The designer’s Hitchcock homage was a stellar parade of Tippi Hedrens done up in incredibly chic coats and suits, plus curvy knits, Pocahontas fringe and red-carpet numbers.
Nicolas Ghesquière went lean, leaner, leanest in a Sixties-cum-Space Age collection focused on construction, cut, dreamy pastels and polished high glam.
Christopher Bailey’s delightful ode to the Brit “It” girl of the pop Sixties—filled with savvy street-smart clothes those hip types love to wear.
Pile it on—gutsy tweed, crochet, bows, chains, great shearlings, Ali caps and leggings. Mix-master Karl Lagerfeld did it oh so luxuriously.
Comme des Garçons
Here comes the bride, if a quirky one—Rei Kawakubo’s bridal party of dreamy dresses frosted with ribbons, bows and lace, to be worn even when not saying, “I do.”
Breathtaking! Karan delivered glorified reality with a touch of the artiste, using elements of men’s wear, feminine draping, intense details and a romantic, moody palette.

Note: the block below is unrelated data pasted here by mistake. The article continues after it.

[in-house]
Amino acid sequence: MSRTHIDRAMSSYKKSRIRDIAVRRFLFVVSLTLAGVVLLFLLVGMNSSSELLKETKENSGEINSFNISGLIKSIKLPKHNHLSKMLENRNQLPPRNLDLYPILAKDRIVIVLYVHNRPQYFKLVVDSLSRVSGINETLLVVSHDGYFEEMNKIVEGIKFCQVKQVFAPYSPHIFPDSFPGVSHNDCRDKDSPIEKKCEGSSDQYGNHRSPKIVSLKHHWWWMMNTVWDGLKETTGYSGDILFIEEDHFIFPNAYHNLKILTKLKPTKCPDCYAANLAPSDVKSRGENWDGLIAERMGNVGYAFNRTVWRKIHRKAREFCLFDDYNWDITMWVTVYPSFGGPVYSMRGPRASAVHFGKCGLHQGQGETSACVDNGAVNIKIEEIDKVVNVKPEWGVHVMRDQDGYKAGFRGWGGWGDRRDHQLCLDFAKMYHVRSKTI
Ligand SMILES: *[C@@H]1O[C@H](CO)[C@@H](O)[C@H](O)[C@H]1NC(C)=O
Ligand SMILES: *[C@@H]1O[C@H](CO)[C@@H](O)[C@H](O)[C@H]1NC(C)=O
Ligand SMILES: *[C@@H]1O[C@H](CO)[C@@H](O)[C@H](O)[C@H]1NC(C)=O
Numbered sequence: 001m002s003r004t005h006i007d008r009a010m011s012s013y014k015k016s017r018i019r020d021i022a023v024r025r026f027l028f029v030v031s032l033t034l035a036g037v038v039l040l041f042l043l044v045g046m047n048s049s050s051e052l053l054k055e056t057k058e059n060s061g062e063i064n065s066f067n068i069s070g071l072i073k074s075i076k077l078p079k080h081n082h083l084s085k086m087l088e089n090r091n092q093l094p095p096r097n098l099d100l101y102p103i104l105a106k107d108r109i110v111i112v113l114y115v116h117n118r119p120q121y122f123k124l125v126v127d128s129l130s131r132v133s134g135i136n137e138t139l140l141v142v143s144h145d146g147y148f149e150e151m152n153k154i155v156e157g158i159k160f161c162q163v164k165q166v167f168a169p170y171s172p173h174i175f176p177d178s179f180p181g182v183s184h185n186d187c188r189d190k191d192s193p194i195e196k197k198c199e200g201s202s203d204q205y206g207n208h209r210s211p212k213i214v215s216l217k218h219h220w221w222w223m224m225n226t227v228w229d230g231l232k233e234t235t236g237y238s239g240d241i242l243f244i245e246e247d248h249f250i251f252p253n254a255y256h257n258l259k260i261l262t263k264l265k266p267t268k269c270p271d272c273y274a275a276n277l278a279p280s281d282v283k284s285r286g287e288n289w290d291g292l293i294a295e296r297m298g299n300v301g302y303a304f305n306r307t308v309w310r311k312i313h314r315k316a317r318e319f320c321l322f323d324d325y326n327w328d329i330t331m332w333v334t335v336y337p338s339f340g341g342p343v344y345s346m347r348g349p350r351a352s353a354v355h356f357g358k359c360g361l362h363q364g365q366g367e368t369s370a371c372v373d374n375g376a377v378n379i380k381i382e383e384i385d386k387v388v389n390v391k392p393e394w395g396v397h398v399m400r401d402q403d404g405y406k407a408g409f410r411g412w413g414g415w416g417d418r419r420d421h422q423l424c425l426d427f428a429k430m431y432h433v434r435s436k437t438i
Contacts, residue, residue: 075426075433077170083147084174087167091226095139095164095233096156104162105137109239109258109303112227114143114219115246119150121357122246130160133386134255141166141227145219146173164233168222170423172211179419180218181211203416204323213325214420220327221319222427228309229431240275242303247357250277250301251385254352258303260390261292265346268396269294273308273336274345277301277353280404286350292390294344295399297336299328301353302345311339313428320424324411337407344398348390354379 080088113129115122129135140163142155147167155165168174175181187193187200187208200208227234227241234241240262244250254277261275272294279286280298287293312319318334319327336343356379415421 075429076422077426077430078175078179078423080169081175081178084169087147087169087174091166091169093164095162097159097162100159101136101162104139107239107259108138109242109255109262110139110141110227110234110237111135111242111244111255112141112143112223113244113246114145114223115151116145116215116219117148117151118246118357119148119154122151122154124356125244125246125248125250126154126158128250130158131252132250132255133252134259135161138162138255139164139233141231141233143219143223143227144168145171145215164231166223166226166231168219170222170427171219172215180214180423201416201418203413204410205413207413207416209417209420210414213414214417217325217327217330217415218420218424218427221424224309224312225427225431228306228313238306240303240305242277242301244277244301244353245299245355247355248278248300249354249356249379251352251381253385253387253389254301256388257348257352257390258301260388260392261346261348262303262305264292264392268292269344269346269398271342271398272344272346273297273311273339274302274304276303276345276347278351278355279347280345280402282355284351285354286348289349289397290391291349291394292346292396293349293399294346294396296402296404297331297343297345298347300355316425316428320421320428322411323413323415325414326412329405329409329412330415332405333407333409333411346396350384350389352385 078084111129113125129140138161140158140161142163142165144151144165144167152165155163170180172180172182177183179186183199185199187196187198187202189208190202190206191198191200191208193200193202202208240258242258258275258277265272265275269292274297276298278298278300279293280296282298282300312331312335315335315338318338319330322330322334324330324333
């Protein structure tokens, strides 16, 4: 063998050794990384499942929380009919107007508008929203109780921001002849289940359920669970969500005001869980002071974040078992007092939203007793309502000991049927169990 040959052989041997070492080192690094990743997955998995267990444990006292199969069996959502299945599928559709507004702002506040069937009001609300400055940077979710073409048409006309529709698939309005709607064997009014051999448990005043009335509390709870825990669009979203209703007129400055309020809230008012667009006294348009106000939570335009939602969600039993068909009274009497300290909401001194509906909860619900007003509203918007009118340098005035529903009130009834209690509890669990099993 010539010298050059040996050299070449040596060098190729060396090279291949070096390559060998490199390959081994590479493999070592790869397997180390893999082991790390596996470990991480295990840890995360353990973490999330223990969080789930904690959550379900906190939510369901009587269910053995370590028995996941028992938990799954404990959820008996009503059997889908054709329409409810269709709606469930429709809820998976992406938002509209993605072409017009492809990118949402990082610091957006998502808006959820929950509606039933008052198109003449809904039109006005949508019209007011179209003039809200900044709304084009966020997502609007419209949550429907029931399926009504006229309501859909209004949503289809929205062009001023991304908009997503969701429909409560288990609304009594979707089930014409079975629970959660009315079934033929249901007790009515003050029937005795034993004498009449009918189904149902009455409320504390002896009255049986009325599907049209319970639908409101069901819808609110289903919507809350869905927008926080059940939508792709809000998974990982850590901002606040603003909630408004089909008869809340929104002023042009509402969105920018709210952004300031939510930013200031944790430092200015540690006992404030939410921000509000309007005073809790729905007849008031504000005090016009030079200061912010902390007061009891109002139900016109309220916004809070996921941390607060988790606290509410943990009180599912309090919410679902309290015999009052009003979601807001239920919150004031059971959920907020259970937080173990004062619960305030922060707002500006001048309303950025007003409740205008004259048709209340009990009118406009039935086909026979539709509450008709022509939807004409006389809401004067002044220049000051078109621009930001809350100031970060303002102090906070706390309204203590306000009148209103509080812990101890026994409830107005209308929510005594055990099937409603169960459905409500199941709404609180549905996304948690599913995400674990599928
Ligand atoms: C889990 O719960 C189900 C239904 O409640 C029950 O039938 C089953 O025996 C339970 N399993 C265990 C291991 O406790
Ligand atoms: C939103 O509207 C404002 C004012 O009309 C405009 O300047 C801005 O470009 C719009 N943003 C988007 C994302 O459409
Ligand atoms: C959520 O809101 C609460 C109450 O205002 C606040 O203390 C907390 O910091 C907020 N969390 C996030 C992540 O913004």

His hotly debated collection was controversial, but it was also brilliant—A gutsy fashion statement playing up volume, a brooding mood and, oh yes, fabulous clothes.
Miuccia Prada gave you embellishment, but now she craves simplicity. Her fall take on minimalism and quiet decoration was tres chic.
Goth-loving boy grows up. Olivier Theyskens moved beyond somber Victoriana to deliver sexier lady suits, floaty dresses and evening beauties trailing trains.
Viktor & Rolf
Viktor Horsting and Rolf Snoeren transformed the lacy, frilly and quilted trappings of the boudoir into stunning clothes that could make any woman look like a dream.